Irish Restaurant & Pub
195 Bridge Street
been contemplating a visit to the newly opened Molly Maguire's Irish
Restaurant & Pub in Phoenixville for any purpose other than a leisurely
sipping of the Emerald Isle's most famous liquid libations--Guinness, Harp,
Smithwicks, Jameson, or Old Bushmills, for instance--I have a solid piece of
advice: caveat emptor.
In any new restaurant, no matter how highly-touted or
competently managed, you can always expect a glitch of two until the kitchen
and members of the wait staff succeed in getting their act together. On the
positive side, I must admit that the service does hang in there remarkably
well, although the kitchen--even during a quiet weekday's late luncheon--moved
along like a herd of turtles. The food, however, in several instances, was
very nearly beneath contempt.
And let me hasten to add that the culinary faux pas
committed here, especially during a recent dinner visitation, were completely
inexcusable and obviously speak volumes with regard to the establishment's
ultimate commitment to quality. The "Farmhouse Salad" ($5.00/$7.00), for
example--incorporating bits of bacon, bleu cheese crumbles, tomato, and
cucumber--looked good on paper. But the bed of mixed greens was tired &
wilted, had obviously not been properly refrigerated in quite some time, and
should never have been allowed to escape the confines of the kitchen.
Another starter, the bâttonets (literally, "sticks")
of zucchini ($6.00), were decidedly generic and, unless I miss my guess,
probably sprang full-blown from a frozen plastic pouch. The deep-fried tempura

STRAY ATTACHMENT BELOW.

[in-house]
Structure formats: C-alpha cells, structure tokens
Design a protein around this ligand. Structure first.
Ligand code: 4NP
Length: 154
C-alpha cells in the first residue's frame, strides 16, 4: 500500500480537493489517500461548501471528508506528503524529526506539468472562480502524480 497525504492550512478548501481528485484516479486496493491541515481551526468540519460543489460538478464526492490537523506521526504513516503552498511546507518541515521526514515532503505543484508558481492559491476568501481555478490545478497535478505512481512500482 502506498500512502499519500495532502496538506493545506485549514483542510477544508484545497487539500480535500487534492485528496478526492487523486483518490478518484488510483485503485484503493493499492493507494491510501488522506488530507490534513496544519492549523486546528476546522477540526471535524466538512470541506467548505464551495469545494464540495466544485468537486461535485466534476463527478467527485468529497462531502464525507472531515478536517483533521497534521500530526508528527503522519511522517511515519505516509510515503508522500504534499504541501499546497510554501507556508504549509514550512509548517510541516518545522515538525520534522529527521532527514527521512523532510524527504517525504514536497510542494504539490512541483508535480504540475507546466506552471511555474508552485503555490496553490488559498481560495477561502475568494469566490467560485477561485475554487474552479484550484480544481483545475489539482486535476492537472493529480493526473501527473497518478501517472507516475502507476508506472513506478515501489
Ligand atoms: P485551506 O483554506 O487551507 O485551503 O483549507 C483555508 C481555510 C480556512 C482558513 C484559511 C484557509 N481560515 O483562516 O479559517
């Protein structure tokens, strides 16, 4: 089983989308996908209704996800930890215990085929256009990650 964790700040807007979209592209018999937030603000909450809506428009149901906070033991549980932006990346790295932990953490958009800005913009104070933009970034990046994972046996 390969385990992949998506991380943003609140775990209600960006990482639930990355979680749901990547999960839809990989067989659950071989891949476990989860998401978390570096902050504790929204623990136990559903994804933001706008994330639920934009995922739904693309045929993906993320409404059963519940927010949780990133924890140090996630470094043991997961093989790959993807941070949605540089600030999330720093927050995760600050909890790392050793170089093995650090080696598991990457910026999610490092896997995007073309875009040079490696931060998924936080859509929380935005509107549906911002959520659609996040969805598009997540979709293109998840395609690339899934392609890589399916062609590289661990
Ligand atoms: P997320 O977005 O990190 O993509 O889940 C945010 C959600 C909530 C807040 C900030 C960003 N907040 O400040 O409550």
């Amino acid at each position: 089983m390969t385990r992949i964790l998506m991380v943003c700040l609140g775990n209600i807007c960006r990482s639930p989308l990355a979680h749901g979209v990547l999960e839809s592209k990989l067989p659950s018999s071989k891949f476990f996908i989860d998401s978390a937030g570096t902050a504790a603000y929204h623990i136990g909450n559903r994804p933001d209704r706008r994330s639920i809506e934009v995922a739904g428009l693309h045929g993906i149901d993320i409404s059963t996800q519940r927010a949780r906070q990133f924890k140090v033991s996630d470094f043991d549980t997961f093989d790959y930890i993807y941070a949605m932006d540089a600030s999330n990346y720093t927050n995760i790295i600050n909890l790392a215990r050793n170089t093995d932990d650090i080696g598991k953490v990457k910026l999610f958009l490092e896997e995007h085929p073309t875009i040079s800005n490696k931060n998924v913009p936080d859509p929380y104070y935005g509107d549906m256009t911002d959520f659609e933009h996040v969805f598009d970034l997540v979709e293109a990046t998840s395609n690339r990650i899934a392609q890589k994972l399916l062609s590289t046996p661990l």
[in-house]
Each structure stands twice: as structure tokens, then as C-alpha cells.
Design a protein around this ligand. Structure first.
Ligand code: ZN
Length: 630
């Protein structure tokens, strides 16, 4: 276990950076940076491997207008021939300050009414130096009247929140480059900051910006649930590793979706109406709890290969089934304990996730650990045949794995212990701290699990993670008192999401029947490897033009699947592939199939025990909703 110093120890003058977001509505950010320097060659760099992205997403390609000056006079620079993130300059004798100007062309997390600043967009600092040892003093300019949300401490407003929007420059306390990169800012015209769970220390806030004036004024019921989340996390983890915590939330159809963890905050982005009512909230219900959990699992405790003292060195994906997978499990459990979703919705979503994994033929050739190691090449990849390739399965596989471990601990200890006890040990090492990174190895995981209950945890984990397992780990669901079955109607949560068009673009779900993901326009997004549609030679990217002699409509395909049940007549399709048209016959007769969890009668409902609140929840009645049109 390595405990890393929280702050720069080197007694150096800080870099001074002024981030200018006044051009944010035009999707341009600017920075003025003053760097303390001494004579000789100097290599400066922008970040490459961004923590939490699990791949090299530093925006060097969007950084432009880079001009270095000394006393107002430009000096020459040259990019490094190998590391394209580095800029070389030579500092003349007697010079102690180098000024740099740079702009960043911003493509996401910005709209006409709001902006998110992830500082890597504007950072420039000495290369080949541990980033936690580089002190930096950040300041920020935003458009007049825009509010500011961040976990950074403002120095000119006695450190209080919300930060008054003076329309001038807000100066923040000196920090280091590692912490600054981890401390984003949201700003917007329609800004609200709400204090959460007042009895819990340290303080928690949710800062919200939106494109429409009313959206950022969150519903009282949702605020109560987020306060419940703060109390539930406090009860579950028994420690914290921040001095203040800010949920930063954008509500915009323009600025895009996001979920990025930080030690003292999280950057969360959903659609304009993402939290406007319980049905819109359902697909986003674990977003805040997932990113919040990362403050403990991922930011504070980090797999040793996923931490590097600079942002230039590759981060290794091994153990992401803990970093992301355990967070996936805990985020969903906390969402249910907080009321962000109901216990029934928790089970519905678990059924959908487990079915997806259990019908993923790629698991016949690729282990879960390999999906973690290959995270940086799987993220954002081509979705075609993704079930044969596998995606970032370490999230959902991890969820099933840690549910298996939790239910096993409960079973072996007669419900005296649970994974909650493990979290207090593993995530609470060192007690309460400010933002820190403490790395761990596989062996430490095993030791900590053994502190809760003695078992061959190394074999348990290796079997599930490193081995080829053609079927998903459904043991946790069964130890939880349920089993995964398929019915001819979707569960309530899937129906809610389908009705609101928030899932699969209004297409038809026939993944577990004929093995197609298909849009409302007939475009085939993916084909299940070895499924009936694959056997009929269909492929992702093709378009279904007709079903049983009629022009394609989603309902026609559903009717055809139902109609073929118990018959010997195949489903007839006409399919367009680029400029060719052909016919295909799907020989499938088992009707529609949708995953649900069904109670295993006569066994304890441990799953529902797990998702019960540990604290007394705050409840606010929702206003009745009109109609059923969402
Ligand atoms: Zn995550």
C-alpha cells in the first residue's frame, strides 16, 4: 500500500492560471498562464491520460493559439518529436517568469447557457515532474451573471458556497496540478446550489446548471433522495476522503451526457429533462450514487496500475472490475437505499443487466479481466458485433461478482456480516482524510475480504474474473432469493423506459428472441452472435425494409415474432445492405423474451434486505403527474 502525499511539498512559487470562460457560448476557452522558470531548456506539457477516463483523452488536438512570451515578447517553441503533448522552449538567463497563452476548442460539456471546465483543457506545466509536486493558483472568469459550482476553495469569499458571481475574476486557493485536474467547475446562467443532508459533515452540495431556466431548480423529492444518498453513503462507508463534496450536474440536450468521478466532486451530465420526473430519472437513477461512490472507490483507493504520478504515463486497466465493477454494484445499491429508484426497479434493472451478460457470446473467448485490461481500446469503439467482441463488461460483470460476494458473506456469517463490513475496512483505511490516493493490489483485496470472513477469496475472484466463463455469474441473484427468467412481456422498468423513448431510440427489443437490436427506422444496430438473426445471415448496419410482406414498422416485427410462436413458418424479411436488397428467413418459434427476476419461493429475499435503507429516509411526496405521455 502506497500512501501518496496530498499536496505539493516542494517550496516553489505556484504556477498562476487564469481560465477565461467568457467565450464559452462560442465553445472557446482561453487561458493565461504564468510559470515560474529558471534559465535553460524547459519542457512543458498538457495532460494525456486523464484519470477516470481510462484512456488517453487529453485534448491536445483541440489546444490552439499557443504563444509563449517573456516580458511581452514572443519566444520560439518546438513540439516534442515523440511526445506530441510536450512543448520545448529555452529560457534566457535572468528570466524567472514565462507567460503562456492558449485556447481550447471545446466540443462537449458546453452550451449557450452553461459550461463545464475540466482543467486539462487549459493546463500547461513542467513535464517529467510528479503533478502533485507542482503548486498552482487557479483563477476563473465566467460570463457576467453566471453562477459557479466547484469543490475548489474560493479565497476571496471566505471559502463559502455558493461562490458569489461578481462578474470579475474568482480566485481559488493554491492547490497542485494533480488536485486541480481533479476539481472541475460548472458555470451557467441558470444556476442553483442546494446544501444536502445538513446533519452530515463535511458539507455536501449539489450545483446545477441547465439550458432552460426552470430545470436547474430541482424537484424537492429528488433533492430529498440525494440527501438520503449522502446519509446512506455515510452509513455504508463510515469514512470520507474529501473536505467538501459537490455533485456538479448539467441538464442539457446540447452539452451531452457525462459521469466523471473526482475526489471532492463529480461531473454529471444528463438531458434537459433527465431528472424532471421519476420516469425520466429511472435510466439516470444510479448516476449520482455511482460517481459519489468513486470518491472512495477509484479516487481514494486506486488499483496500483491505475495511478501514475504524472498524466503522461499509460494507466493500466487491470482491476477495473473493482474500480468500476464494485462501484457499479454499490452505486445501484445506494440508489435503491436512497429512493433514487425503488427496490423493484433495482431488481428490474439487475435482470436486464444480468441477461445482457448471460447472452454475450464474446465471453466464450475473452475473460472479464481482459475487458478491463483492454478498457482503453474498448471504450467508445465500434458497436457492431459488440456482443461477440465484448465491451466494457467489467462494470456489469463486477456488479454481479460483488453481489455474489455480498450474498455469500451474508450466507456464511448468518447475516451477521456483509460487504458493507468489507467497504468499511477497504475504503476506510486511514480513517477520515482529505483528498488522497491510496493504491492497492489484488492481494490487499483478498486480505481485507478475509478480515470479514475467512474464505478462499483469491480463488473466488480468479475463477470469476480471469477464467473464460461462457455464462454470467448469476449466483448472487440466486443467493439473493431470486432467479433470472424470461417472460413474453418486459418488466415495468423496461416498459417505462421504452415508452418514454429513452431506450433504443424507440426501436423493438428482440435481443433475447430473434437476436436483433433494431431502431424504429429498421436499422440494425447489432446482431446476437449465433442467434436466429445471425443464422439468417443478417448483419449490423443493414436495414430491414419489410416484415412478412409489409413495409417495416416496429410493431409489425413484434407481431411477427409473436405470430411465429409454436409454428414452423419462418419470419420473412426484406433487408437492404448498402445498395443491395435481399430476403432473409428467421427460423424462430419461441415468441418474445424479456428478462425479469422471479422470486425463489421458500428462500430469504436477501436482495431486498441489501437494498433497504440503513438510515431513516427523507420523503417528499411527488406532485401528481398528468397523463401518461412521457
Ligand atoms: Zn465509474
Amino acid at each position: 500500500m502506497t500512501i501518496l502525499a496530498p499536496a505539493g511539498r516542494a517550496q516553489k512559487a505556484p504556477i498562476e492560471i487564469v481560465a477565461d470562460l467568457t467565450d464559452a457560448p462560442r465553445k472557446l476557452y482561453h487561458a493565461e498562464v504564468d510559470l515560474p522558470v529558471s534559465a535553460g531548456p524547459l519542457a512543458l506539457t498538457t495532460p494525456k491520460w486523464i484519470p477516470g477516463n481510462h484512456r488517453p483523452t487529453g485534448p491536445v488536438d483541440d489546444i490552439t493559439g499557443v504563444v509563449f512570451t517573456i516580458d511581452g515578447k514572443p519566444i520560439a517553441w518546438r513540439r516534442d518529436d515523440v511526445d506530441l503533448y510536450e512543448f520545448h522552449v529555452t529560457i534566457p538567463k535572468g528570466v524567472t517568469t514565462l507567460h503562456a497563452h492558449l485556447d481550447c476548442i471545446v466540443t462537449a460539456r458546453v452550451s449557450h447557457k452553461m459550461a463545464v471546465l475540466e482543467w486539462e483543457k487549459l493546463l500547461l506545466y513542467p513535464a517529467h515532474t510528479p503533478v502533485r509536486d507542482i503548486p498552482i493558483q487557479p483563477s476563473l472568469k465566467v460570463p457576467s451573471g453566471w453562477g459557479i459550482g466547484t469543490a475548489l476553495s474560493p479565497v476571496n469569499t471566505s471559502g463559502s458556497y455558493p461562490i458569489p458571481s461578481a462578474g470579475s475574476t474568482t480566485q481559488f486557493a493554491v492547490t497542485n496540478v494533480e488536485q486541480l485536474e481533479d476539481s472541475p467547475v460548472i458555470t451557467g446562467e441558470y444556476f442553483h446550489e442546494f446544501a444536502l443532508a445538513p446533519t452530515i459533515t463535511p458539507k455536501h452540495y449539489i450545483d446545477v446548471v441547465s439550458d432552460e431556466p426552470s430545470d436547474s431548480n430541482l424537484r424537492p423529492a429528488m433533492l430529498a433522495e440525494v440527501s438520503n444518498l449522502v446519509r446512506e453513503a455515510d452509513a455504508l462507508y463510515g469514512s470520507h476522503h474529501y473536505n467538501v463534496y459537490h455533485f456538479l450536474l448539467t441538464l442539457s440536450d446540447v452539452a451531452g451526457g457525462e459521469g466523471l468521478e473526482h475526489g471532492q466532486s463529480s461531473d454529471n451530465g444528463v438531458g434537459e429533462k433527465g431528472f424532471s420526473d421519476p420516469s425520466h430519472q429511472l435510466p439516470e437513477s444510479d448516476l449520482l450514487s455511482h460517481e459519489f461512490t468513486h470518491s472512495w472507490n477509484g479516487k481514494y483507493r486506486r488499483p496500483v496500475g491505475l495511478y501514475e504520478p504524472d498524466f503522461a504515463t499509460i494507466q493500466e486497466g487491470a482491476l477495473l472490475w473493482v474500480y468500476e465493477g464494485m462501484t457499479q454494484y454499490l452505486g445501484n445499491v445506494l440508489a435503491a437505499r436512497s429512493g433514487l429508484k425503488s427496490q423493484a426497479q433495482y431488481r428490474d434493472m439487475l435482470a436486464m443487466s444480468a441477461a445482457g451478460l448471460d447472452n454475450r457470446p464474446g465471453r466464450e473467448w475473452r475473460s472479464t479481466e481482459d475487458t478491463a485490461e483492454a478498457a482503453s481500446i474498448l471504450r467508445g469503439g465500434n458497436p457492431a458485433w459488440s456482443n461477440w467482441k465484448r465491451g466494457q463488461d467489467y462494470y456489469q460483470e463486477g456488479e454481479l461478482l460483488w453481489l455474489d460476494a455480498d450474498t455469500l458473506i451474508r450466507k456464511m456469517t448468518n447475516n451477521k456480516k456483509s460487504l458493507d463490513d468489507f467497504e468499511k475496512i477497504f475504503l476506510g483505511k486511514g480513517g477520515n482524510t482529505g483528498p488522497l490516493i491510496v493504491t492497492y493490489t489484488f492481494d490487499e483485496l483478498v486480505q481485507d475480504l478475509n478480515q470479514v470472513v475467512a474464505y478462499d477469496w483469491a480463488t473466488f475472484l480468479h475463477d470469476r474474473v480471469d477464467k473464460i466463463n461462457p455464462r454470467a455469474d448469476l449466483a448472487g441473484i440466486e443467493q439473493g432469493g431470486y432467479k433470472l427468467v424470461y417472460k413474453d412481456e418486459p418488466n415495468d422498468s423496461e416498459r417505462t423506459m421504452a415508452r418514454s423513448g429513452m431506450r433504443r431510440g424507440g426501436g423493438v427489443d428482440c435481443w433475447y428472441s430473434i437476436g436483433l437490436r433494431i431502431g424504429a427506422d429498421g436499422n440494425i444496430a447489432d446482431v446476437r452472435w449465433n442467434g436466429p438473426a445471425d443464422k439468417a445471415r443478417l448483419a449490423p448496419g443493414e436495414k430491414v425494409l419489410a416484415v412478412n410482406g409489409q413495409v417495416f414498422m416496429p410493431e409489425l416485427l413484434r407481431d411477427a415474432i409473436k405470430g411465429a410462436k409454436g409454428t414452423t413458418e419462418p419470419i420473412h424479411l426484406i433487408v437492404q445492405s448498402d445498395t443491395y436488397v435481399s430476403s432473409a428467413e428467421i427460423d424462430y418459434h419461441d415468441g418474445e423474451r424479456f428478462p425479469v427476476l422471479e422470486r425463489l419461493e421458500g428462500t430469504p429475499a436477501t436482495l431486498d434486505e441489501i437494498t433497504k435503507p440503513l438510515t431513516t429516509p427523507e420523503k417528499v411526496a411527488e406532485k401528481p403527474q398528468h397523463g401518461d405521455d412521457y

batter was far from ethereal, and the accompanying ramekin of horseradish-chive
dressing came replete with a tiara of yellow film, a definite tip-off that it
had been left to languish uncovered in the nether regions of the fridge.
Among the entrées, the traditional "Shepherd's Pie"--ground
beef combined with carrots, celery, onions, and peas in gravy and topped with
champ (mashed potatoes adorned with scallions)--was an unmitigated horror.
The topping of lumpy mashed potatoes actually wasn't too bad; however, given
the taste and incredible saltiness of the gravy, the kitchen must have dumped
an entire bottle of Gravy Master into this completely inedible witch's brew.
The only semi-acceptable --though far from outstanding --main
course proved to be the fish and chips ($13.00). The cod was of good quality,
but the steak fries were inordinately soggy.
If you are absolutely overwhelmed by an irresistible impulse
to try this place, I suggest that you keep things as simple as possible by
going for one of the sandwiches or burgers. The "Hibernian Club" ($8.00)--
smoked turkey breast layered with Irish bacon, lettuce & tomato, and a
generous slathering of mayo--is undoubtedly the least likely to cause any
significant peristaltic indisposition... and it is accompanied by some excellent
lightly battered shoestring fries (as opposed to the mushy versions cluttering
up the aforementioned fish and chips).
According to a recent article, the proprietors, Messrs.
Cummins and Mannion, invested a cool $3 million to renovate the structure at 195-197
Bridge Street. They obviously put a great deal of thought into the attractive
recreation of the building's Victorian-style ambiance... If only they had put as
much thought into the quality of the cuisine.
The Artful Diner
Diner is an independent, freelance food writer. His latest review and an archive of past reviews for restaurants around the country and the world can be found on this site on the REVIEWS page.
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